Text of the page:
Smoldering garbage in a landfill could be creeping closer to an area where old nuclear weapons materials are buried, the Wall Street Journal reports.
A Missouri Natural Resources Department consultant warned in June that subterranean temperature data collected at the West Lake municipal dumping grounds in Bridgeton, Mo., indicated that slowly burning trash could be creeping closer to one section of the landfill where thousands of tons of uranium-contaminated waste is located, the Wall Street Journal reported on Thursday.
However, a spokesman for the owner of the landfill, Republic Services, said there are now signs that the smoldering is getting further away from the radioactive waste. In the event that the burning trash's high temperature did touch the nuclear material, scientific evidence "strongly indicates" that it would not represent a danger to public safety, the spokesman said.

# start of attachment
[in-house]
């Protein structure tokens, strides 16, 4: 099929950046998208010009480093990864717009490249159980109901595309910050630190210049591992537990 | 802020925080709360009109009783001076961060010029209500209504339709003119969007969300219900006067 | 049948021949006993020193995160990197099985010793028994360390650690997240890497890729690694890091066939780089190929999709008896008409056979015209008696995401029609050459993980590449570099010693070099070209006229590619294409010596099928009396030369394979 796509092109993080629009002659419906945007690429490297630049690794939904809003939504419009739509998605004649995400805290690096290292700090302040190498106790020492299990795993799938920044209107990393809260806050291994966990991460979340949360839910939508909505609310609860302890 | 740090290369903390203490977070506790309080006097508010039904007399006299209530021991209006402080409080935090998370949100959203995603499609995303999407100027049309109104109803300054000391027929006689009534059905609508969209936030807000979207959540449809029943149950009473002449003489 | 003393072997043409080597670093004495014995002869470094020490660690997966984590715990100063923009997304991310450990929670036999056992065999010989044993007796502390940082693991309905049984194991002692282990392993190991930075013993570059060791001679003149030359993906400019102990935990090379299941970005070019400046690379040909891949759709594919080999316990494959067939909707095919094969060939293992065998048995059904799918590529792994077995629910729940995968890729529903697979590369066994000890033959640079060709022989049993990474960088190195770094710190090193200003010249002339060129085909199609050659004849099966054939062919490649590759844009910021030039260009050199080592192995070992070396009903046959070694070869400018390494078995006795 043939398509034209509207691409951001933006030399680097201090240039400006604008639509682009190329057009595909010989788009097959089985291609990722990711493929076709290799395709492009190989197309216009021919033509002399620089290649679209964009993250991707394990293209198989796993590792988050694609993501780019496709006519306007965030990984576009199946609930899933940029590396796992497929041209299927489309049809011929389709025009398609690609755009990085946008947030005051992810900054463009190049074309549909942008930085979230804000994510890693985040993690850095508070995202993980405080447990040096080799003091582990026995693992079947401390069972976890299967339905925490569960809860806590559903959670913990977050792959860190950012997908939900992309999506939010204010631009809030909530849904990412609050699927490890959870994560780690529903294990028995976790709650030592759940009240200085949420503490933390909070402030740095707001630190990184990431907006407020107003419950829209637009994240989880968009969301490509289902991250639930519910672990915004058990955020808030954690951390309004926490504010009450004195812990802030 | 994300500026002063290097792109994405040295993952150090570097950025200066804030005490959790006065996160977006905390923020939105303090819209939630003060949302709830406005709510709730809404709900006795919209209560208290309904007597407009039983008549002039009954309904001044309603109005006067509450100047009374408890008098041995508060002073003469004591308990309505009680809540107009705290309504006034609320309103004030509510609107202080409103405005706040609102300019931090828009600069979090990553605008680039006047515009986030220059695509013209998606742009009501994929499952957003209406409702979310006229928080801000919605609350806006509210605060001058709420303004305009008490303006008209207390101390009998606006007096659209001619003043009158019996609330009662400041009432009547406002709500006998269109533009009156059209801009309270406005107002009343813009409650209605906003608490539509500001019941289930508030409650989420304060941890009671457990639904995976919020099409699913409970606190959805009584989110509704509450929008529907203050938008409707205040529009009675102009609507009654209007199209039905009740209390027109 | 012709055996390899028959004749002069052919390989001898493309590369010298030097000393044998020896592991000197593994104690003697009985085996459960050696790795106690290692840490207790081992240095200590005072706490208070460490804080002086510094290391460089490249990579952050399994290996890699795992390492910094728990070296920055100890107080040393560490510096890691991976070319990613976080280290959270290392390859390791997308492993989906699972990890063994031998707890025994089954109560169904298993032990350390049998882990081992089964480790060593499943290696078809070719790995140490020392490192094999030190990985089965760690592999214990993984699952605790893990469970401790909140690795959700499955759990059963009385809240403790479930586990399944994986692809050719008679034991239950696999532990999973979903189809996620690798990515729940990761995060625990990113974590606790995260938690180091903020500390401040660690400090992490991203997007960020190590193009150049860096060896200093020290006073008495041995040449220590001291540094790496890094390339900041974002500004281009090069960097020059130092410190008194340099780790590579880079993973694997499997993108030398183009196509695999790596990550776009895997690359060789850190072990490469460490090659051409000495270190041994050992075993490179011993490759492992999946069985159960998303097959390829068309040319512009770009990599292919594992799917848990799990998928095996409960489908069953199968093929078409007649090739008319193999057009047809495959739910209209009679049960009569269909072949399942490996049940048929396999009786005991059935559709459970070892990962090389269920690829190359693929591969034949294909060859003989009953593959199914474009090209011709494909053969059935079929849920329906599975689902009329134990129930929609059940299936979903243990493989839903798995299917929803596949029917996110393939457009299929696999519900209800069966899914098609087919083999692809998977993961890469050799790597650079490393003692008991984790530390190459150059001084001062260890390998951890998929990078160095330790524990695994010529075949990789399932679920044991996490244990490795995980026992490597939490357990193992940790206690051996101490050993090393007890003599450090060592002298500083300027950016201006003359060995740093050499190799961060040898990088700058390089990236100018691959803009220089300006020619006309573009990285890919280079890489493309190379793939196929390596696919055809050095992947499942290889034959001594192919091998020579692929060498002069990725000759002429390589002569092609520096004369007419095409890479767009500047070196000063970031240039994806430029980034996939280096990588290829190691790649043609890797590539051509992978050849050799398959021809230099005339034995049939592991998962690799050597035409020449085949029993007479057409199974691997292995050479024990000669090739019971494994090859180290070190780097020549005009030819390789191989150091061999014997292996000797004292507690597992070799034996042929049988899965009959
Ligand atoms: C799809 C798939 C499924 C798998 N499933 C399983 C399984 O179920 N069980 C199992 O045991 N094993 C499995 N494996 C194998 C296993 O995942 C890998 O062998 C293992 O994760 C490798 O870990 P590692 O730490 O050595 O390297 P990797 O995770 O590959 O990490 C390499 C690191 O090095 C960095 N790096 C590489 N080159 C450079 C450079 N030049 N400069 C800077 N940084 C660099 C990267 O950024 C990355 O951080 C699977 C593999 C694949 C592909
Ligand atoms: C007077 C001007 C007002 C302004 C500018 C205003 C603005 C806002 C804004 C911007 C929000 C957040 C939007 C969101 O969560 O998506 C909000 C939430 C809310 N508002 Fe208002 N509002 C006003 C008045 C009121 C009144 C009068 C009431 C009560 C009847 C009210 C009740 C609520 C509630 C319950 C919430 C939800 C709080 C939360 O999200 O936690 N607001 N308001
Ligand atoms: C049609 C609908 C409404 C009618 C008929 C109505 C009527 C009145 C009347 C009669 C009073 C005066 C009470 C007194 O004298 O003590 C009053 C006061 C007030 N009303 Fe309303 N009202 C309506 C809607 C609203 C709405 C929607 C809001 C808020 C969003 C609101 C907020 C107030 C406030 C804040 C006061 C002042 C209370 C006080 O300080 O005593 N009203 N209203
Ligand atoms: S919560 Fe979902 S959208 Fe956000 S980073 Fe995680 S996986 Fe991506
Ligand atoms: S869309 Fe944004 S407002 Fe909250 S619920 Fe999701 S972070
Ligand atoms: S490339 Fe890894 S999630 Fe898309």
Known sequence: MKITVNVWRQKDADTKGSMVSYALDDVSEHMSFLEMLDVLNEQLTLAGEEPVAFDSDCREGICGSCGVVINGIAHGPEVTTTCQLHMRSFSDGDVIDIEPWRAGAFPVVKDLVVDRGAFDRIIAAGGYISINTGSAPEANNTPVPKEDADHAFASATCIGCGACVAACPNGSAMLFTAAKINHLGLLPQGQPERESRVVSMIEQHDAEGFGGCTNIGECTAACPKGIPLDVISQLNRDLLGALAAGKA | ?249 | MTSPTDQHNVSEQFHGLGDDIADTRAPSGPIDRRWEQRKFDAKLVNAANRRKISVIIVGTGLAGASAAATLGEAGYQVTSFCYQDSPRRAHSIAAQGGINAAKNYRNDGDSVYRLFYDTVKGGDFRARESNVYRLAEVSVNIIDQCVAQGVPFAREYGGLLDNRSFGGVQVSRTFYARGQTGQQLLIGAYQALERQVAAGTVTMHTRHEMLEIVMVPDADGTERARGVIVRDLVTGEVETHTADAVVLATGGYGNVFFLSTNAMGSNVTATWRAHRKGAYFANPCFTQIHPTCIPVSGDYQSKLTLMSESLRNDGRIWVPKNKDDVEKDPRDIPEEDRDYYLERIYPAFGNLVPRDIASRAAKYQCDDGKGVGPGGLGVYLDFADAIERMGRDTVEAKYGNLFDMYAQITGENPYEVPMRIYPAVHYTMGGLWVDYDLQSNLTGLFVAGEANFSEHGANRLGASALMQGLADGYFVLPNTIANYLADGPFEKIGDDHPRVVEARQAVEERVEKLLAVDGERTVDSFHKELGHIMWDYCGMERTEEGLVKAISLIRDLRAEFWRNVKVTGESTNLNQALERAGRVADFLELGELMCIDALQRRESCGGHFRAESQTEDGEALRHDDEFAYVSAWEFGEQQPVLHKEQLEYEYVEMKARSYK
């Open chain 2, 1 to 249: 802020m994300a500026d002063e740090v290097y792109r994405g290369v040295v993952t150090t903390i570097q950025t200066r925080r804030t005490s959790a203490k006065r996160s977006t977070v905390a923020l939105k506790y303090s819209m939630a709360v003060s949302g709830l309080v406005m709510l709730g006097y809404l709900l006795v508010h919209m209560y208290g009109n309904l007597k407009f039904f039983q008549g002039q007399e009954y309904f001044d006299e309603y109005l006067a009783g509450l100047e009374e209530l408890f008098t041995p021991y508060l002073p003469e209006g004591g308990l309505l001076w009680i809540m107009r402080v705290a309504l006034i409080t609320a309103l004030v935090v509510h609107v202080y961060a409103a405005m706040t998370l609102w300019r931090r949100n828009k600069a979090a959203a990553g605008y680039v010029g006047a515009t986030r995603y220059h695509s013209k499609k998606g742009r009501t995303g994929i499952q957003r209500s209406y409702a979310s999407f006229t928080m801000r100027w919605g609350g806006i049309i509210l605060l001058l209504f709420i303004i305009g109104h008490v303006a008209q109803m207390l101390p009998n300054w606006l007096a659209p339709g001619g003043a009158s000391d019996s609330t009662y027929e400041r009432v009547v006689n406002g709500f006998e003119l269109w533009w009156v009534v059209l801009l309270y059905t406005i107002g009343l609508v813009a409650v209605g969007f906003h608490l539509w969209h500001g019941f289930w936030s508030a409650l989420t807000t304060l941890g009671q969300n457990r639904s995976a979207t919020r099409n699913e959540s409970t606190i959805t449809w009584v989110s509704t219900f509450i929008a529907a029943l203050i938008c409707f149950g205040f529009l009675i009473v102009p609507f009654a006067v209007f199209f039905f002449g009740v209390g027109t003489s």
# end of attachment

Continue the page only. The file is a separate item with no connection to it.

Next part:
An Environmental Protection Agency report issued in recent months said that were the radioactive waste heated enough, it could lead to the release of higher levels of radioactive radon in the air.
The radioactive waste was created by Mallinckrodt Chemical Works Uranium Division in St. Louis as part of the U.S. nuclear arms program. The waste was illegally dumped at the landfill in 1973, according to the Institute for Policy Studies.
This article was published in Global Security Newswire, which is produced independently by National Journal Group under contract with the Nuclear Threat Initiative. NTI is a nonprofit, nonpartisan group working to reduce global threats from nuclear, biological, and chemical weapons.